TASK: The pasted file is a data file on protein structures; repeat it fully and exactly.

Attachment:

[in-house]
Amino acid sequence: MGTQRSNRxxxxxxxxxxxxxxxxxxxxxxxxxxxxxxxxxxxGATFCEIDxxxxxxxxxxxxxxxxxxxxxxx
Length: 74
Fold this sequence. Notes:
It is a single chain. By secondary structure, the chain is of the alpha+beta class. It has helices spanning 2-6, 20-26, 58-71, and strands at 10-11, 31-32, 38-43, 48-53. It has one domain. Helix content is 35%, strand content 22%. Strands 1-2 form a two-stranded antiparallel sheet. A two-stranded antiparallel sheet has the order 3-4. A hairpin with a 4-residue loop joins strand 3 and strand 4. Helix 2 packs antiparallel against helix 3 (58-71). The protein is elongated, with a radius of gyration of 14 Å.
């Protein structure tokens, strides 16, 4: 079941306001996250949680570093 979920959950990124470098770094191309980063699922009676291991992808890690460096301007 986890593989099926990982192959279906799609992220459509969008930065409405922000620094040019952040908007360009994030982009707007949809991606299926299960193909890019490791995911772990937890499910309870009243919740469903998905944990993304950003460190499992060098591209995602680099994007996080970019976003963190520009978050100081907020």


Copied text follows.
[in-house]
Amino acid sequence: MGTQRSNRxxxxxxxxxxxxxxxxxxxxxxxxxxxxxxxxxxxGATFCEIDxxxxxxxxxxxxxxxxxxxxxxx
Length: 74
Fold this sequence. Notes:
It is a single chain. By secondary structure, the chain is of the alpha+beta class. It has helices spanning 2-6, 20-26, 58-71, and strands at 10-11, 31-32, 38-43, 48-53. It has one domain. Helix content is 35%, strand content 22%. Strands 1-2 form a two-stranded antiparallel sheet. A two-stranded antiparallel sheet has the order 3-4. A hairpin with a 4-residue loop joins strand 3 and strand 4. Helix 2 packs antiparallel against helix 3 (58-71). The protein is elongated, with a radius of gyration of 14 Å.
């Protein structure tokens, strides 16, 4: 079941306001996250949680570093 979920959950990124470098770094191309980063699922009676291991992808890690460096301007 986890593989099926990982192959279906799609992220459509969008930065409405922000620094040019952040908007360009994030982009707007949809991606299926299960193909890019490791995911772990937890499910309870009243919740469903998905944990993304950003460190499992060098591209995602680099994007996080970019976003963190520009978050100081907020």